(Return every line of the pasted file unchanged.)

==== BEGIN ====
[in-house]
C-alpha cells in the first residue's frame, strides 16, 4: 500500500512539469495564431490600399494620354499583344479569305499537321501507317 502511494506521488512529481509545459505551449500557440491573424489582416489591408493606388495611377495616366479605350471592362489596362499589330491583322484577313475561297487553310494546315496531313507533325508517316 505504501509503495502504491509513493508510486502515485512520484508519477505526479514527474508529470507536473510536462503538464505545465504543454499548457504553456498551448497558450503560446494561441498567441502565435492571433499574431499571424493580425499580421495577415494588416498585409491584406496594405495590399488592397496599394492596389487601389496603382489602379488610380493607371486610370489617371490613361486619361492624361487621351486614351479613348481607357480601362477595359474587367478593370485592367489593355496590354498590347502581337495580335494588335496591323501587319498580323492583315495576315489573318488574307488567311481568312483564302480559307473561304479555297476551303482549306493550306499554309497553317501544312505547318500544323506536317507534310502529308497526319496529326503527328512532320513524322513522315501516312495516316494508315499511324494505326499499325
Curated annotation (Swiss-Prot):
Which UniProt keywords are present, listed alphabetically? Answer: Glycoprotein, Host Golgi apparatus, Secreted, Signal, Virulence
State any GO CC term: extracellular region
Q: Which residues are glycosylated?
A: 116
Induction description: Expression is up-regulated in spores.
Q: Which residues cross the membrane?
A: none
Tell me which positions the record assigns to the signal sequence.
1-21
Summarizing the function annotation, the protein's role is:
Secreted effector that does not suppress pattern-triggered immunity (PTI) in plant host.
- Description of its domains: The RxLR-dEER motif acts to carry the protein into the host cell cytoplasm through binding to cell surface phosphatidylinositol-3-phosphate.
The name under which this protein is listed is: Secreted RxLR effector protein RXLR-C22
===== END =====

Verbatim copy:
[in-house]
C-alpha cells in the first residue's frame, strides 16, 4: 500500500512539469495564431490600399494620354499583344479569305499537321501507317 502511494506521488512529481509545459505551449500557440491573424489582416489591408493606388495611377495616366479605350471592362489596362499589330491583322484577313475561297487553310494546315496531313507533325508517316 505504501509503495502504491509513493508510486502515485512520484508519477505526479514527474508529470507536473510536462503538464505545465504543454499548457504553456498551448497558450503560446494561441498567441502565435492571433499574431499571424493580425499580421495577415494588416498585409491584406496594405495590399488592397496599394492596389487601389496603382489602379488610380493607371486610370489617371490613361486619361492624361487621351486614351479613348481607357480601362477595359474587367478593370485592367489593355496590354498590347502581337495580335494588335496591323501587319498580323492583315495576315489573318488574307488567311481568312483564302480559307473561304479555297476551303482549306493550306499554309497553317501544312505547318500544323506536317507534310502529308497526319496529326503527328512532320513524322513522315501516312495516316494508315499511324494505326499499325
Curated annotation (Swiss-Prot):
Which UniProt keywords are present, listed alphabetically? Answer: Glycoprotein, Host Golgi apparatus, Secreted, Signal, Virulence
State any GO CC term: extracellular region
Q: Which residues are glycosylated?
A: 116
Induction description: Expression is up-regulated in spores.
Q: Which residues cross the membrane?
A: none
Tell me which positions the record assigns to the signal sequence.
1-21
Summarizing the function annotation, the protein's role is:
Secreted effector that does not suppress pattern-triggered immunity (PTI) in plant host.
- Description of its domains: The RxLR-dEER motif acts to carry the protein into the host cell cytoplasm through binding to cell surface phosphatidylinositol-3-phosphate.
The name under which this protein is listed is: Secreted RxLR effector protein RXLR-C22